Pregnancy Related Pelvic Girdle Pain (Formerly SPD)
Around 1 in 5 pregnant women experience discomfort in the front or back of the pelvis.
Symptoms that fail to resolve by themselves or those that worsen and affect daily life should be dealt with by a health care professional. First seek advice from your midwife or GP as you may simply need to change some aspects of your lifestyle to ease the symptoms.
A referral to Physiotherapy is required if you are no-longer able to manage your symptoms independently.
You are likely to experience pain or discomfort at the front joint of your pelvis. This is called the Symphysis Pubis Joint (SPJ). Quite often, women experience a burning or grinding sensation in this joint that is made worse by standing on one leg or taking one leg away from the other.
The Sacro-iliac Joints are also commonly affected. These are found at the base of your back / top of your bottom. They can ache or click and the symptoms can refer across the back, into the hips and groin and into the SPJ.
The causes of PGP can be uncertain but are usually a combination of ligament softening and loosening, the pelvic joints moving unevenly, muscular and postural changes related to the growing baby, previous accidents affecting the pelvis and possibly hormonal changes in the pregnancy.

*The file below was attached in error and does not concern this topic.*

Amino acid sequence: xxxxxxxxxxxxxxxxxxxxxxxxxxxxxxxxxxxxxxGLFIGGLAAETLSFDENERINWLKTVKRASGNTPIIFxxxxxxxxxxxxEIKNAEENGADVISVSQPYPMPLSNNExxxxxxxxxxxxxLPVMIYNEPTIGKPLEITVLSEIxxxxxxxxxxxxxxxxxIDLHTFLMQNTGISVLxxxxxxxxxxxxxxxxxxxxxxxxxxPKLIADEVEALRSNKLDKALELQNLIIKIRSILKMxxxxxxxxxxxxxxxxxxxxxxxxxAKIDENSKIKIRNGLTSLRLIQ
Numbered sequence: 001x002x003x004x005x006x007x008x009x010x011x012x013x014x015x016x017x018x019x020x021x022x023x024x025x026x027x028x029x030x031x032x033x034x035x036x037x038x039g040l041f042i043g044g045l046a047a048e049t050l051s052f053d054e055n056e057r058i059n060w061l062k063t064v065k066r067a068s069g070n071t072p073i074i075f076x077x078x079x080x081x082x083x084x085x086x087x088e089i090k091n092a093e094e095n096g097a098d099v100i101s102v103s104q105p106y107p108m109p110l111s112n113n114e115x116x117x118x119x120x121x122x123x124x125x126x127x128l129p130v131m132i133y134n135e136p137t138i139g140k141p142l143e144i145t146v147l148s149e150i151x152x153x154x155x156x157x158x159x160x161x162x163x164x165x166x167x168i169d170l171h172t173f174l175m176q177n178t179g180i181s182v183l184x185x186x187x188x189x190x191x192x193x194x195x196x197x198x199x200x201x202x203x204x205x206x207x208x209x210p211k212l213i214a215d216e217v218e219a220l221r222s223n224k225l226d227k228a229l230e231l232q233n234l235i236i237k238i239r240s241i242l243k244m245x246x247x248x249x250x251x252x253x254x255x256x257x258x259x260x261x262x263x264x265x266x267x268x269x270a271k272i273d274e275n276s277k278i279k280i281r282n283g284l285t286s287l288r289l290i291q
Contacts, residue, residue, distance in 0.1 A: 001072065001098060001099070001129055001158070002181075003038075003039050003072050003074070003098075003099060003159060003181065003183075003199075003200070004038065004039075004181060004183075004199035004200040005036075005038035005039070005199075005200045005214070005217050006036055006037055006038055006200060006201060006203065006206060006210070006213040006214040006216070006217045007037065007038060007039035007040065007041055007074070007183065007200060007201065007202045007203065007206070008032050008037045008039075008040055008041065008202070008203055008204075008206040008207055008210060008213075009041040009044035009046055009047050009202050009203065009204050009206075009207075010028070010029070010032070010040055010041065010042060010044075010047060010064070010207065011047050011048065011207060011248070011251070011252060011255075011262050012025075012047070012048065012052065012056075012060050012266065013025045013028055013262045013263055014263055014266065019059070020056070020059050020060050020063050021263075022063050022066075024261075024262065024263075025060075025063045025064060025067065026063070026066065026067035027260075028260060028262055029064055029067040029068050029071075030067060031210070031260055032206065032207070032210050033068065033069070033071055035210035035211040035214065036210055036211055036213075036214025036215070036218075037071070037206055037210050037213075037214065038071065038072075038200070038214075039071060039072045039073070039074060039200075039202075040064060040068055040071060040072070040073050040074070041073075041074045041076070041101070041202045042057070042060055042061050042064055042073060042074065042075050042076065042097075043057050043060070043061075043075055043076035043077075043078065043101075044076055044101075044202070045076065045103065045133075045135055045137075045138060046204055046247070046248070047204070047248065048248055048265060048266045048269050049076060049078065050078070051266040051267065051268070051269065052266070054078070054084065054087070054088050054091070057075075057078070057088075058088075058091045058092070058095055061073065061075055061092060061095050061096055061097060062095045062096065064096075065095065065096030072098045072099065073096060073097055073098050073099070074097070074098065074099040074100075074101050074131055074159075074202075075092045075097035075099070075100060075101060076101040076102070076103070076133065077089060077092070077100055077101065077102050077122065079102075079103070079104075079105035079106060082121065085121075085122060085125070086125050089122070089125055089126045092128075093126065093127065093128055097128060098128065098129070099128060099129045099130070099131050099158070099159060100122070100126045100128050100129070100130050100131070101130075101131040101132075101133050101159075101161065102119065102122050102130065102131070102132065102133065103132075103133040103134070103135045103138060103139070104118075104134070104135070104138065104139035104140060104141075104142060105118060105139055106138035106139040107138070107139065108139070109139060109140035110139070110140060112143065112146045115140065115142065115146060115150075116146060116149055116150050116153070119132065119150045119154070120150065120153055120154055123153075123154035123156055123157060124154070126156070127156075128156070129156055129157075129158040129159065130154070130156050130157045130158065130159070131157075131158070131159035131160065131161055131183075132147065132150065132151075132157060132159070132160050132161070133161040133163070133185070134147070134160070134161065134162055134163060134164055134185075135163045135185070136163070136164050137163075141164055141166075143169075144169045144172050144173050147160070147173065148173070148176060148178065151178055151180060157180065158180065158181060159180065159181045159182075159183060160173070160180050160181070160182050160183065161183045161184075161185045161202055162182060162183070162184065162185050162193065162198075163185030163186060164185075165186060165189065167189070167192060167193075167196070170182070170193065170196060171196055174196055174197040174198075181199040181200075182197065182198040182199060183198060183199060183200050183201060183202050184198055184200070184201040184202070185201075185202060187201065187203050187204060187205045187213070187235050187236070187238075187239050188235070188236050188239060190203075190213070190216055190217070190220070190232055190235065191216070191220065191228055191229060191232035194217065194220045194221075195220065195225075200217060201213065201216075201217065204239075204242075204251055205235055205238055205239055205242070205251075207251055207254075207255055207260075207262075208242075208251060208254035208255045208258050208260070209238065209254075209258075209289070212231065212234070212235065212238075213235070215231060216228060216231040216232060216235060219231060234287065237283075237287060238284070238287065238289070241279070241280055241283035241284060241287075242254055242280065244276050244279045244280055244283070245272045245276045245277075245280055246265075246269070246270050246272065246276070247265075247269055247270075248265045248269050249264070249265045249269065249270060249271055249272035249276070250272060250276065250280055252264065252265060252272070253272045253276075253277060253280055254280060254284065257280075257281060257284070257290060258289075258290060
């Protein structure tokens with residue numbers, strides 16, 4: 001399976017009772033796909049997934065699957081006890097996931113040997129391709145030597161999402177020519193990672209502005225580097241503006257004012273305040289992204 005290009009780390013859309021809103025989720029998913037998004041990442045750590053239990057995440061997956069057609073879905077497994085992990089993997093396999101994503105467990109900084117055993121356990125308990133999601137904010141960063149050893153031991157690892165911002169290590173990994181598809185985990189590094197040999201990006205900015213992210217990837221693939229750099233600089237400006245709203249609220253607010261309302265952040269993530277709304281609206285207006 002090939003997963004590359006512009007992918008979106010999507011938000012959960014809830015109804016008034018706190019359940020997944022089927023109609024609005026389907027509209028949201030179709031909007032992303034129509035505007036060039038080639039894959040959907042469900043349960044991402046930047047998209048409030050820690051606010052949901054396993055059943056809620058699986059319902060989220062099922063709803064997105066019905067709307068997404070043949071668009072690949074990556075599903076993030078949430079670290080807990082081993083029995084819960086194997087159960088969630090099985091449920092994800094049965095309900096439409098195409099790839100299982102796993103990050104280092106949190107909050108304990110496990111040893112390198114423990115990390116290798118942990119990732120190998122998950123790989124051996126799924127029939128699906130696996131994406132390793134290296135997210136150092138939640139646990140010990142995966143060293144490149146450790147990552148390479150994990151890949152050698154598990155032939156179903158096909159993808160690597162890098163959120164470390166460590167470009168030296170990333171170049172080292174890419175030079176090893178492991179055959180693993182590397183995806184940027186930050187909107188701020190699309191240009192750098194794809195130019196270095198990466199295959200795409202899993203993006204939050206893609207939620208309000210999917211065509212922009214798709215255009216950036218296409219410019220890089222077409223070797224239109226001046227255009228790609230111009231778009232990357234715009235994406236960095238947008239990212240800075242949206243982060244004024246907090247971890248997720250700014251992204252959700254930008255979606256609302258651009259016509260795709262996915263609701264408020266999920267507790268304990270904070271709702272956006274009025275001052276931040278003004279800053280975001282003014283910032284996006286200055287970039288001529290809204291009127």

PGP should be managed carefully throughout the pregnancy, from the first moment that symptoms are noticed through to the delivery of the baby and the post natal period.
All women with PGP, however severe, should ALWAYS avoid any position or activity that aggravates the pain (e.g. if standing on one leg aggravates, try sitting down or perching to get dressed). Do not push or pull heavy objects such as vacuum cleaners and supermarket trolleys.
Physiotherapy can be very helpful in dealing with the symptoms. Exercises and lifestyle changes in the first instance will reduce the pain and enable daily activities to be resumed.
Further information can be found in the Pelvic, Obstetric and Gynaecological Physiotherapy (POGP) leaflet on PGP.